Last month, a single contract signed into existence 708 MW of photovoltaic arrays to be built across the Iberian Peninsula. The mammoth deal will roll out as much solar capacity as was installed in Spain and Portugal from 2013 to 2017 combined.
It is no isolated event. Artur Lenkowski, Senior Associate at IHS Markit, says that solar PPA activity in Europe grew from 360 MW in 2017 to more than 2.4 GW in 2018. These projects bring together a colorful range of investors and operate across diverse jurisdictions, but one point many have in common is that they are being built without government subsidies.
“We are competing head-on with market rates,” says Peter Alex, head of investor relations at Energiekontor, which has just signed a 15 year PPA with electricity supplier EnBW for an 85 MW solar farm near Rostock, Germany. “The project came as a big surprise to the market and politicians, but we can already sell solar electricity in Germany that is competitive with fossil fuels and nuclear.”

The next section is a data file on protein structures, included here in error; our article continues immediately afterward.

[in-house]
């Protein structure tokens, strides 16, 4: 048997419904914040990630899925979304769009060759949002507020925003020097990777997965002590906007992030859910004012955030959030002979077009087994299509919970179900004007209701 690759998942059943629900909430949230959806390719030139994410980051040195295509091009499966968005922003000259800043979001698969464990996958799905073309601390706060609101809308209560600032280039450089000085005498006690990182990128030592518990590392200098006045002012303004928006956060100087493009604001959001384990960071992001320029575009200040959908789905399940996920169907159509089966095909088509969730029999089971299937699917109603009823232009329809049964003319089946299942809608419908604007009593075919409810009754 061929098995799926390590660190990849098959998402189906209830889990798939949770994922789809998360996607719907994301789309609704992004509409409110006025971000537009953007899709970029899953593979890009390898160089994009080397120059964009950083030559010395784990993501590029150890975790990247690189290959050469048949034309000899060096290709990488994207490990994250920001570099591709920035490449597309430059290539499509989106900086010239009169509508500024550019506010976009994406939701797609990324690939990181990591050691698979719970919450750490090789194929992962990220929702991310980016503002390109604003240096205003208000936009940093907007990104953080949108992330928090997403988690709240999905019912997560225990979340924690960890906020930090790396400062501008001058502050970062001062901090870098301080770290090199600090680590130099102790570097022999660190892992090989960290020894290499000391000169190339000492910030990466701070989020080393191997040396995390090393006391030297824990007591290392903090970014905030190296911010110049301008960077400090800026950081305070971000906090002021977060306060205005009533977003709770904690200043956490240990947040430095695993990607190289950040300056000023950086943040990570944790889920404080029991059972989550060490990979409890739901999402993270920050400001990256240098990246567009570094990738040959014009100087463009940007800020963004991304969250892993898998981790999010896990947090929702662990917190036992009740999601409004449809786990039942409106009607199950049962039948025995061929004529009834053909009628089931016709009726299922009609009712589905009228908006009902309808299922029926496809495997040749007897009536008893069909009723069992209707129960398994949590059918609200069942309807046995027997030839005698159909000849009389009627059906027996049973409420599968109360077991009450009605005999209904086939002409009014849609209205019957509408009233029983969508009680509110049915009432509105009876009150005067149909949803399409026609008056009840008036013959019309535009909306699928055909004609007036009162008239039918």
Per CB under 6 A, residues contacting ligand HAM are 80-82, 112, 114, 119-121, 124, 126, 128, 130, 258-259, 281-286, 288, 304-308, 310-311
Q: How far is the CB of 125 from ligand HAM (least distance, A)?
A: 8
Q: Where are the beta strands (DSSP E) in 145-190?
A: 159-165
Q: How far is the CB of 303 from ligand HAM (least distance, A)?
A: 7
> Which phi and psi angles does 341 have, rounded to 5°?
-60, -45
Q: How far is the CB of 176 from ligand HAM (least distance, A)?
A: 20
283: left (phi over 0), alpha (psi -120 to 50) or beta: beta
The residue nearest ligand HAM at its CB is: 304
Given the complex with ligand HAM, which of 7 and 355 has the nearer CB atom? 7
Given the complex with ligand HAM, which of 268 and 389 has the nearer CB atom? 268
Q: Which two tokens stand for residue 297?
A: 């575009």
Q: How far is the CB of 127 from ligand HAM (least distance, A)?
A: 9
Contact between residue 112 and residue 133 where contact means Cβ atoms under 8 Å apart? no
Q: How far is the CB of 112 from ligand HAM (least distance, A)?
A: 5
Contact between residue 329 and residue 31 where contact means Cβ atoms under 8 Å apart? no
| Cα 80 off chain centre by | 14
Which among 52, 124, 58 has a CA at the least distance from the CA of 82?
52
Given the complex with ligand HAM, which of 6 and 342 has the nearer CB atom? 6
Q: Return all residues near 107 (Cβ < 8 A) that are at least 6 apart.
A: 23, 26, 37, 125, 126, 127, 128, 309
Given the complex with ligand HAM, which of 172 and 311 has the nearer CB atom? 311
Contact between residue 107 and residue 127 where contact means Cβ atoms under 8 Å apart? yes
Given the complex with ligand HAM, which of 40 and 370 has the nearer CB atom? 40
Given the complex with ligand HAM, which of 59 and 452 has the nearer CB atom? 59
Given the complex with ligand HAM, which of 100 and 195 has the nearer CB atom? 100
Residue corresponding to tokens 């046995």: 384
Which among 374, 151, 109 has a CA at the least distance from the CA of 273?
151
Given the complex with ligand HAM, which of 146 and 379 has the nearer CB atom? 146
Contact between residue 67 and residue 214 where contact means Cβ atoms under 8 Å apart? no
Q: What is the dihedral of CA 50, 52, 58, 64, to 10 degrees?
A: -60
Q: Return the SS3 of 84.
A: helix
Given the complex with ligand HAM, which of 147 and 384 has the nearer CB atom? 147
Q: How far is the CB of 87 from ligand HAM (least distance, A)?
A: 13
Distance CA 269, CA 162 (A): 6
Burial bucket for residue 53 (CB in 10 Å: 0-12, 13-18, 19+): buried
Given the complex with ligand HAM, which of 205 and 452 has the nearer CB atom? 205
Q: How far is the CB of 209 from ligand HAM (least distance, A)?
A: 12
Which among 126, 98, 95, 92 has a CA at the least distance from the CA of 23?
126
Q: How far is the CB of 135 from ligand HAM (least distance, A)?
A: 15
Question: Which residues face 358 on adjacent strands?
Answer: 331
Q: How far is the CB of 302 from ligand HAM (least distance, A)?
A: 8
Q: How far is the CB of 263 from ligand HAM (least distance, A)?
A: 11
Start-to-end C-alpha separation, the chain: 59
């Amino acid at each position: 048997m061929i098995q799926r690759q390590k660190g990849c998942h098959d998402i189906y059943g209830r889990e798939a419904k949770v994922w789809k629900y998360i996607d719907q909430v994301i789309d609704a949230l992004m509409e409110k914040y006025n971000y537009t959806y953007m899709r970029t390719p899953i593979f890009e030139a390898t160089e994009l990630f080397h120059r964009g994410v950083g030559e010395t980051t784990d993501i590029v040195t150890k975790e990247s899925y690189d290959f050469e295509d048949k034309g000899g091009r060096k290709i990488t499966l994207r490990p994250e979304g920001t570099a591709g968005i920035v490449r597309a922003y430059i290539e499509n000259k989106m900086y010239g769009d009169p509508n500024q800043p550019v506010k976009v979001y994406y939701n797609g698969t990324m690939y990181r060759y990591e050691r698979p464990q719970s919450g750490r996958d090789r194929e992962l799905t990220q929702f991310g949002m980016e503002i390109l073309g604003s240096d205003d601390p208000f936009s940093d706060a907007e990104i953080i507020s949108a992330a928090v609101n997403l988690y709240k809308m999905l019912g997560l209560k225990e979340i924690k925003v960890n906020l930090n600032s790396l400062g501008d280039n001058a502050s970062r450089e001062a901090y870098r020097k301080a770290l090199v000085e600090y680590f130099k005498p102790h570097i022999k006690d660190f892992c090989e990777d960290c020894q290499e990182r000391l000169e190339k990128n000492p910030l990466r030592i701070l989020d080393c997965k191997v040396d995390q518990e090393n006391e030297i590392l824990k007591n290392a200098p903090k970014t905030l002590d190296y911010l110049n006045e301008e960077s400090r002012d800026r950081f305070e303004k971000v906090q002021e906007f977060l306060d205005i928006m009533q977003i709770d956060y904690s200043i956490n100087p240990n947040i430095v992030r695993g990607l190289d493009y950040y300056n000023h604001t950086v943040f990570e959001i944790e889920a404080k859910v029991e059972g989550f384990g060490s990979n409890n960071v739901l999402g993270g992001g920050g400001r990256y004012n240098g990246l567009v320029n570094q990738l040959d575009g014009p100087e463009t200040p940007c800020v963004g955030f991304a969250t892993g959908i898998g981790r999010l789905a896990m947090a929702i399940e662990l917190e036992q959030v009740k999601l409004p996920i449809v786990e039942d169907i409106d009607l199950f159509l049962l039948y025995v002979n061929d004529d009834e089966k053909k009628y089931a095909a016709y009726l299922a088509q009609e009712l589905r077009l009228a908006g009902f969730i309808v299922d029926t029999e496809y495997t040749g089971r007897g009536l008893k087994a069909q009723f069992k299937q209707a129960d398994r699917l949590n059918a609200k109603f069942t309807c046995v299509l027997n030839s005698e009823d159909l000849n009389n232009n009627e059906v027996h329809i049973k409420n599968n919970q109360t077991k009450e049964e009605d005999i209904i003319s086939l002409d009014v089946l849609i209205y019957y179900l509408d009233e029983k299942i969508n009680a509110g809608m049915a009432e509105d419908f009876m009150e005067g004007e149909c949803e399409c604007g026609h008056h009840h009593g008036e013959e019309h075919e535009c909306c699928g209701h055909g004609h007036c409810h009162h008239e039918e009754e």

“We see a lot of projects across Europe, especially in the south,” says Anne Joeken, head of communications at Statkraft, a leading supplier of renewable energy in Europe. Her employer notably closed a 175 MW PPA in early 2018 to buy electricity from the Don Rodrigo solar power plant near Seville in Spain. “There are various sources for funding new PV capacity with PPAs becoming a more relevant one as grid parity evolves,” she says.
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